San Francisco in place

Our first conversations were about San Francisco and its current and historical legacy as a site of progressive cultural values and vanguard art practices, and the relationship––if any––to the Social Practice MFA at California College of the Arts (Gretchen as a student; Ted as the newly appointed leader of Social Practice). We looked at the spectrum of its genealogy: Gómez-Peña’s radical pedagogy, the SF Diggers’ influence on Amy Franceschini’s Future Farmers to Tom Marioni’s salon (and career) revival in the wake of participatory art’s ubiquity in The Bay Area.

What about place and revolution?

Simple questions beg for complexity. What do place and revolution even mean? These two questions are remote from each other––they live apart. They imply a relationship exists or is in some sort of dialectical drama with time and place.

Aligning art with revolution contains a fundamental contradiction (Ben Davis). Contemporary art, as a practice, as a preoccupation, and as a philosophical pursuit binds itself tightly subjectivity and freedom. Any classical (i.e. Marxian) notion of revolution (that would be Revolution with a capital R, not just some sort of change or shift) must, by definition, be accompanied by unified class struggle––no authors allowed. A community of practitioners working for social change, well that shifts the tide in favor of a heterotopia: existing in a world, outside a world, and critical to both.

And place… how do we navigate a place now? Everyplace is two, four or six places at once––as we check a screen when we walk down a crowded sidewalk, reference a navigation program when we are getting a coffee, read a historical marker. Certainly the social and the public exist in a place, but that place is layered, and we have to account for this layering. It no longer suffices to say a place is singular historically, physically, or practically.

Place has been hijacked by placemakers, and the horizons multiply.

If art is to produce revolution in place, then it may be necessary to pluralize everything. Everything. Revolutions and places, layers of revolution in multi-places, networks of tentacles spreading out into the vast expanse….to establish those heterotopias, tangible and hidden. We make our palimpsests: in communities of our own making, situated in worlds both real and imagined, layered with discourses, networks, hopes, dreams, instances of provocations, percolating revolutions, with time for coffee, a ride across a city, and friend requests…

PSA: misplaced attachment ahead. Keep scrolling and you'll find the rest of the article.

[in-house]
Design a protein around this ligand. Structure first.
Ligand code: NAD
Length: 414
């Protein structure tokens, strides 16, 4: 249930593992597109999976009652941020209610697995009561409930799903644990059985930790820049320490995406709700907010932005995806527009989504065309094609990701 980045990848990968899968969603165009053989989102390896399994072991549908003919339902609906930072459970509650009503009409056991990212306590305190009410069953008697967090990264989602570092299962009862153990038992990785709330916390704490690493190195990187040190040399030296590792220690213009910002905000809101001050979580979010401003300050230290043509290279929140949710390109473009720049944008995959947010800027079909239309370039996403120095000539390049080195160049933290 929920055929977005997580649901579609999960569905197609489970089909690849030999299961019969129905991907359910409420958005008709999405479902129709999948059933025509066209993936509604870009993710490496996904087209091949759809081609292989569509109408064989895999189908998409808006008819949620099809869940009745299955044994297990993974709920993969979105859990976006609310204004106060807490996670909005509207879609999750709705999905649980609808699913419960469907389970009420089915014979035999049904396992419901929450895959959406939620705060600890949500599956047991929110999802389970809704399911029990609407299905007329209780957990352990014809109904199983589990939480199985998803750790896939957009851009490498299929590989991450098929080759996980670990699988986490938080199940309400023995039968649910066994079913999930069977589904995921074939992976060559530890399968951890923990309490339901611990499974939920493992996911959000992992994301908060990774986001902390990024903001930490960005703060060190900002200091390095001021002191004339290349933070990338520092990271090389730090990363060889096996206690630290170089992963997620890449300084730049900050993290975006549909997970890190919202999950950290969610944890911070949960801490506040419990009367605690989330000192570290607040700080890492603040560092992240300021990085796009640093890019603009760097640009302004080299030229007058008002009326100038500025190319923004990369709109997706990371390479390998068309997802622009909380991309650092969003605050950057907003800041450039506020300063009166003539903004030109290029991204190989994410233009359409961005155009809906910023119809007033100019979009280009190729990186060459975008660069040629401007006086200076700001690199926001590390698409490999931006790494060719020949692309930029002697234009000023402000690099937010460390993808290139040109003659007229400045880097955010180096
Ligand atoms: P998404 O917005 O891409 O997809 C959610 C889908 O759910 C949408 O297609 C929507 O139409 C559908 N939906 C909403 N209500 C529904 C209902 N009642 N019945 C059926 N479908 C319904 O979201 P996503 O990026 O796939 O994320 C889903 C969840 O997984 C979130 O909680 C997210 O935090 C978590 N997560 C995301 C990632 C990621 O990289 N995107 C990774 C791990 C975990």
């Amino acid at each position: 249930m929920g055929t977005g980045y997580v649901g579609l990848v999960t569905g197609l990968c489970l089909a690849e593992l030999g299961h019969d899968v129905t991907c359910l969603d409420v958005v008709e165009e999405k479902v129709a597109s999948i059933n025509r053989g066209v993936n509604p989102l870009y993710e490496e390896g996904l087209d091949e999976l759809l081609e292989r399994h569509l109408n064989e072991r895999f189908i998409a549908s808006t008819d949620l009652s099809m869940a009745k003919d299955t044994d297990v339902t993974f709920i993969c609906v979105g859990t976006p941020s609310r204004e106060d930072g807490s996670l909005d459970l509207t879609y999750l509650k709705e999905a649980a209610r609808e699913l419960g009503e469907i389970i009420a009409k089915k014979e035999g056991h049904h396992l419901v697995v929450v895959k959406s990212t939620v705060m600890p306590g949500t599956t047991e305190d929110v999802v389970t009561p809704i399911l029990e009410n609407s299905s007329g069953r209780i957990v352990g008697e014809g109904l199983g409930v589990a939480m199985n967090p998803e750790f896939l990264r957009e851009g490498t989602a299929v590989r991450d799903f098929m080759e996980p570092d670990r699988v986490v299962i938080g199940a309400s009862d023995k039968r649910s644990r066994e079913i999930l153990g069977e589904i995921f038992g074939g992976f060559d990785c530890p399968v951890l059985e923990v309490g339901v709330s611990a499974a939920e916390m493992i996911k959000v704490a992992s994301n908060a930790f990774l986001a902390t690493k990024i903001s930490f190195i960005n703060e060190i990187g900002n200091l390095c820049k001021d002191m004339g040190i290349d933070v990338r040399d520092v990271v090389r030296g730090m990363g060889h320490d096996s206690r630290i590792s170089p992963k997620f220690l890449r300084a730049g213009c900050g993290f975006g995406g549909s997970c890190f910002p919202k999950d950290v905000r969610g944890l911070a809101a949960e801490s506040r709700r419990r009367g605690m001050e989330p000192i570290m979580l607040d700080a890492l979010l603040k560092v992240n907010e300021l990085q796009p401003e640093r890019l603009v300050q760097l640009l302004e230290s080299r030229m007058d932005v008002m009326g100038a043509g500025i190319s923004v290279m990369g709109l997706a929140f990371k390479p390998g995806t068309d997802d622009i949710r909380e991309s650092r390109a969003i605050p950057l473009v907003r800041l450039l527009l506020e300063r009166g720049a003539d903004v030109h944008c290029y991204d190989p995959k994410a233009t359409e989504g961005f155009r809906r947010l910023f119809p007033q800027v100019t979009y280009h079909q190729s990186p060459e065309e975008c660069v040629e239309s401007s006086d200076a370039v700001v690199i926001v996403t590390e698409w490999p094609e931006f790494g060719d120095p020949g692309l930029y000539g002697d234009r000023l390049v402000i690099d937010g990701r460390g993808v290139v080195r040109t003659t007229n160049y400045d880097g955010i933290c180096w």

We will continue the conversation again, as we will both be there, again, in all the Pittsburghs, all at the same time.


Photo: Ted Purves

*Titled after Michel Foucault’sOf Other Spaces, Heterotopias.” Architecture, Mouvement, Continuité 5 (1984): 46-49.

[i] Jane Addams (1860-1935) was an American social activist and suffragette. For more information please see

About the contributors: Gretchen Coombs lives and works in Brisbane, Australia where she teaches in the School of Design at Queensland University of Technology. Her interests include art and design criticism/activism, specifically recent practices that challenge social structures within urban contexts. Her research involves artists, collectives, educators, and curators who are immersed in new ways of practicing art that intervenes in social and cultural processes to imagine new political subjectivities. Gretchen’s ethnographic research will culminate in a book entitled The Lure of the Social: ethnographies of practice in contemporary art (Intellect 2016).

Ted Purves is a writer and artist based in Berkeley, California. His public projects and writings are centered on investigating the practice of art in the world, particularly as it addresses issues of localism and power, systems of exchange, and critical occupations of social forms. He produces socially-based projects in collaboration with Susanne Cockrell under the umbrella name of Fieldfaring. Their most recent project, The Red Bank Pawpaw Circle, a large public planting project, was completed in Cincinnati, Ohio in Fall 2012.

Purves was the founder of the MFA concentration in Social Practice at California College of the Arts in 2005, and is currently the Chair of the MFA Fine Arts Program. His book, What We Want is Free: Generosity and Exchange in Recent Art, was published by SUNY Press in 2005. An expanded edition––What We Want Is Free: Critical Exchanges in Recent Art, co-edited with Shane Aslan Selzer, was published by SUNY Press in early 2014.